‘LeT gave paramilitary training to 26/11 attackers’
The 26/11 attack was carried out by highly-trained terrorists who were given training into paramilitary courses by LeT, a US attorney has said.
Washington: The 26/11 Mumbai attack was carried out by highly-trained terrorists who were given training into paramilitary courses by Lashkar-e-Toiba (LeT), a US attorney has said.
"...This (Mumbai attack) was, in fact, the handiwork of highly-trained terrorists who had gone through the LeT paramilitary courses," US Attorney Neil H MacBride said in a submission to a US District court in Virginia, which sentenced 24-year-old Pakistani national Jubair Ahmad for aiding LeT.
Ahmad was sentenced to 12 years of imprisonment yesterday for providing material support to LeT by making a propaganda video for the terror group, helping it with recruitment and fundraising.
Based in the US for the past few years, Ahmad had himself received two levels of LeT training and was in regular communication with Talha Saeed, the son of the LeT founder Hafiz Saeed.
"For years before his arrest, Ahmad engaged in trade-craft to conceal his activities on behalf of LeT. He used coded language, avoiding talking openly about LeT, and he maintained the lowest possible profile," MacBride said.
Though based in the US, the purpose of Ahmad was to incite violence against India in particular Kashmir.
Ahmad "advocated violence, almost exclusively against the Indian Army in Kashmir".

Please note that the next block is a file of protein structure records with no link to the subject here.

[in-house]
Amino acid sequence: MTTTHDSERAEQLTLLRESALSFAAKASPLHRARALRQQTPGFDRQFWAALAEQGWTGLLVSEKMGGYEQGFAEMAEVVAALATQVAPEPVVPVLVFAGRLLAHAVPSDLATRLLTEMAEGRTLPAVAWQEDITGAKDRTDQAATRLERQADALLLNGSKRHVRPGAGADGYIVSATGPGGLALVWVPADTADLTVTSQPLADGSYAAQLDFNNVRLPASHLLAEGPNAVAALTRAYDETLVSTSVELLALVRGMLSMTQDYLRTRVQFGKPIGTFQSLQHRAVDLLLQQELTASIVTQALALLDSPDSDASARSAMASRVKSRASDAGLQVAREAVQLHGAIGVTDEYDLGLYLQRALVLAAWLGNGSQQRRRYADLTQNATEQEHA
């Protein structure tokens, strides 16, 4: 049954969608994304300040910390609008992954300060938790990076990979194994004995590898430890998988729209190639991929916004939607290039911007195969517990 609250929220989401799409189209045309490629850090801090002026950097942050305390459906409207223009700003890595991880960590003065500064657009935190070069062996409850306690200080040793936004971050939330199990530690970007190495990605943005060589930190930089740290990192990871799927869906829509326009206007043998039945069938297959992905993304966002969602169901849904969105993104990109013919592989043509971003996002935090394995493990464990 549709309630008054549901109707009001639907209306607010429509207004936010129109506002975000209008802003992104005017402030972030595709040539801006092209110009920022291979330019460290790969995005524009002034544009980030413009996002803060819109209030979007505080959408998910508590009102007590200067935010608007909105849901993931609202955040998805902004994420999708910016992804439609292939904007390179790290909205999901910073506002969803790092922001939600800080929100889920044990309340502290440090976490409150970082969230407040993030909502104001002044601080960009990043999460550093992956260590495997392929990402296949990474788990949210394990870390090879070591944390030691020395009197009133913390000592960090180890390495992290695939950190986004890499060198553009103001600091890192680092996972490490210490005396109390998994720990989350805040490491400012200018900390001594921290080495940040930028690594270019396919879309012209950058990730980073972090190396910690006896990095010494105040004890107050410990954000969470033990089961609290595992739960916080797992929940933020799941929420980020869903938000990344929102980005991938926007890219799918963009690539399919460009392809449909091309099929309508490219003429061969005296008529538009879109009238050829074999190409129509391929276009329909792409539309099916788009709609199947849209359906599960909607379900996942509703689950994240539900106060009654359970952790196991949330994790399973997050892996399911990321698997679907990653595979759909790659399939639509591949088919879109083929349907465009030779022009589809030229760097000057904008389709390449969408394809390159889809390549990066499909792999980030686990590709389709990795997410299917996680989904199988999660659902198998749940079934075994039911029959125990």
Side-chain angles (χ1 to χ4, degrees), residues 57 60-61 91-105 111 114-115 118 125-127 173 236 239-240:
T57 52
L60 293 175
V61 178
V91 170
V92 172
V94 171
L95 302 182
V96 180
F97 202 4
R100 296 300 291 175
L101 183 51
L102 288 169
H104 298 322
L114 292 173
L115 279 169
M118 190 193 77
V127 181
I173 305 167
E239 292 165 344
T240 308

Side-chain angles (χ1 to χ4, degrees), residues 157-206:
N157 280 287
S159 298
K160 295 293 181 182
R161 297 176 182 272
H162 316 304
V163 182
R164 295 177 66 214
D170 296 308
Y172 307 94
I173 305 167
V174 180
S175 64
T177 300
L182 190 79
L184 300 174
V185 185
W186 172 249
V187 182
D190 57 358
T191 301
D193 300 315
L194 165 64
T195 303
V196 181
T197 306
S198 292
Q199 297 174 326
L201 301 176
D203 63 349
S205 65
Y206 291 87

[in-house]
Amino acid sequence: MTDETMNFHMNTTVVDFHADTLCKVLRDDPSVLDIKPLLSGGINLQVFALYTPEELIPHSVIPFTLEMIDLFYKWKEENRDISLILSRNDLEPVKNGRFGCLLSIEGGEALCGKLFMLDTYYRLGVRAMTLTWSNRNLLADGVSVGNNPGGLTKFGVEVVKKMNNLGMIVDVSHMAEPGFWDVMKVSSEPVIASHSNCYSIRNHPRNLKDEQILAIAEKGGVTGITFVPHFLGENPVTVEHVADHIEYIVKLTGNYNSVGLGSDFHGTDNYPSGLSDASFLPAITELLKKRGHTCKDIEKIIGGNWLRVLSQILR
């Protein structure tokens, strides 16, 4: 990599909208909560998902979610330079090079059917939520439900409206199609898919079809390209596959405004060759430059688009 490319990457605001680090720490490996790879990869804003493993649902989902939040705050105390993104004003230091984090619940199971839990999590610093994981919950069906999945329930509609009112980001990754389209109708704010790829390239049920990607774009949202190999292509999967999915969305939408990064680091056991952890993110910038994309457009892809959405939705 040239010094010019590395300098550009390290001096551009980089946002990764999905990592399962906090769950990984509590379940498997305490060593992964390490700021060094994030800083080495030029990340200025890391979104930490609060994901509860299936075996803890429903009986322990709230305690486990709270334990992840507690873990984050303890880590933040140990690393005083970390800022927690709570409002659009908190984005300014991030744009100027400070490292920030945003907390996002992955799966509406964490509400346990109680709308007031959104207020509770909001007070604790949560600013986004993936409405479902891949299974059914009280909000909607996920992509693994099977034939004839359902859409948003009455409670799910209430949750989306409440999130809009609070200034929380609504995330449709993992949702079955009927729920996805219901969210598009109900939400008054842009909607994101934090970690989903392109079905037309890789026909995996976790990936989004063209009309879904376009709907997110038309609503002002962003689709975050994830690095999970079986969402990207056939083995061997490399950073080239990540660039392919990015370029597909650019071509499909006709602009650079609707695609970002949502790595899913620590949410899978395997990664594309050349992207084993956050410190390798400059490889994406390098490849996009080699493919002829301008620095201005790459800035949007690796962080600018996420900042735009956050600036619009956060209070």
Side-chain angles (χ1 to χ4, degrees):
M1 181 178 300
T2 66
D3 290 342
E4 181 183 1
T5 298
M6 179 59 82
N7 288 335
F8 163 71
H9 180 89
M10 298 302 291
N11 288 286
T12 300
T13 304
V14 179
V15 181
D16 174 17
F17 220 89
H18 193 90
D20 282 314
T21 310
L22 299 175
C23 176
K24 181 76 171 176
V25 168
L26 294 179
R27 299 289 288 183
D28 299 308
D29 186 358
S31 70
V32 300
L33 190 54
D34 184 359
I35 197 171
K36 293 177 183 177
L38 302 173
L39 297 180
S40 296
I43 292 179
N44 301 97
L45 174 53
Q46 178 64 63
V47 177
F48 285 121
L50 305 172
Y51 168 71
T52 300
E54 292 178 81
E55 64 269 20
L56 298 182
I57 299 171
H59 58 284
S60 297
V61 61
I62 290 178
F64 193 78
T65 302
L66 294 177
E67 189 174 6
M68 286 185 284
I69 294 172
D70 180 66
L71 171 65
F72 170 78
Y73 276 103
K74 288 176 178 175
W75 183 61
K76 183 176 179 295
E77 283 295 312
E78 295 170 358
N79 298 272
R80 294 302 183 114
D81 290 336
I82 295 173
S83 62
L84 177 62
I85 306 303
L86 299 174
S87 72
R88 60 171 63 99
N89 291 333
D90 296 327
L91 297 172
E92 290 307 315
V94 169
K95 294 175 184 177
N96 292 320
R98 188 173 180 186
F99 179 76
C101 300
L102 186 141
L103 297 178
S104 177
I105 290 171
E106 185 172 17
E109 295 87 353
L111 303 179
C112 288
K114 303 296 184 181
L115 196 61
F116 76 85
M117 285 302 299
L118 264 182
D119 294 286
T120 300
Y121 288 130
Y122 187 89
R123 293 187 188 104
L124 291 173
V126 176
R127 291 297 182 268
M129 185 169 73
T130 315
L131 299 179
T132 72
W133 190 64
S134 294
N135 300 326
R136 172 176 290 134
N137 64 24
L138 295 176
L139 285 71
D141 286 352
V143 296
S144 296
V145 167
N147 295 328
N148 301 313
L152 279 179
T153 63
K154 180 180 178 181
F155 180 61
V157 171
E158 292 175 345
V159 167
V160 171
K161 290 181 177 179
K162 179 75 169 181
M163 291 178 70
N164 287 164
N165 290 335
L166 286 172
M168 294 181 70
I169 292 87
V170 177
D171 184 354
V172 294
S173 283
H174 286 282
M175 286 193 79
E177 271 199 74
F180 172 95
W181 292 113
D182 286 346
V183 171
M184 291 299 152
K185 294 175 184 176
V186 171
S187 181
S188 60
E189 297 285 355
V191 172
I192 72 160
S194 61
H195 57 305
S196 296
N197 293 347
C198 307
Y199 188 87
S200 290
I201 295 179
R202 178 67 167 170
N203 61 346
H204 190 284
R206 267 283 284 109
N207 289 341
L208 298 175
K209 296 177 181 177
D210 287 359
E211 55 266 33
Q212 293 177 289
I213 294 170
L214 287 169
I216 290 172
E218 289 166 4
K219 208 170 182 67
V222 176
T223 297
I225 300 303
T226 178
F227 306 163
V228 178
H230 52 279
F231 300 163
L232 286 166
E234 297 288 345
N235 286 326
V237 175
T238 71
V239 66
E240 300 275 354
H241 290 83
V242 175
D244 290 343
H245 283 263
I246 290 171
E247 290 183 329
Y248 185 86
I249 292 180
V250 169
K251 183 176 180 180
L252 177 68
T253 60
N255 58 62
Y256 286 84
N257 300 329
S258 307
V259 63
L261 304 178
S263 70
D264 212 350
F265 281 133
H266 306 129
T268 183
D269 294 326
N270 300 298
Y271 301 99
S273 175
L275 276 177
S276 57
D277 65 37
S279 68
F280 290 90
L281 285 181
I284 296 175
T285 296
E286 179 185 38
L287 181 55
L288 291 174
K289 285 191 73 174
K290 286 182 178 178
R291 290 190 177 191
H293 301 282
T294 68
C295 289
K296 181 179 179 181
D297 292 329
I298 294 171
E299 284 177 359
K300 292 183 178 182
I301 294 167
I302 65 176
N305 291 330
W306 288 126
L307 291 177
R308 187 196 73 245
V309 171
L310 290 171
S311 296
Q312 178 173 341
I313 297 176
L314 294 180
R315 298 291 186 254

According to US attorney, Ahmad received first two levels of paramilitary training from the LeT - Dora Suffa and Dora A`ama.
Once he completed the first two levels, Ahmad was interested in the third stage, Dora Khasa or the "advanced course," but was denied permission as he was too young skinny.
After having been turned away, and after the passage of time and distance, Ahmad continued to express a desire to complete the advanced LeT training.
In July 2010, when he was 23 years old, Ahmad told an associate, "I had gone to do the Khasa. Brother Nisar sent me back. He said, `You are too young right now.`... There was a lot of enjoyment (there)."
"When the associate asked if he intended to try again, Ahmad replied, `God willing.`," the US attorney said.
"He had the specific intent to influence the conduct of a government (in this case the Indian government), by intimidation or coercion or because he wanted to retaliate against them. Ahmad did not commit this offence by accident.
He did not commit it for pecuniary gain or because he really liked and admired Talha Saeed," the US attorney said.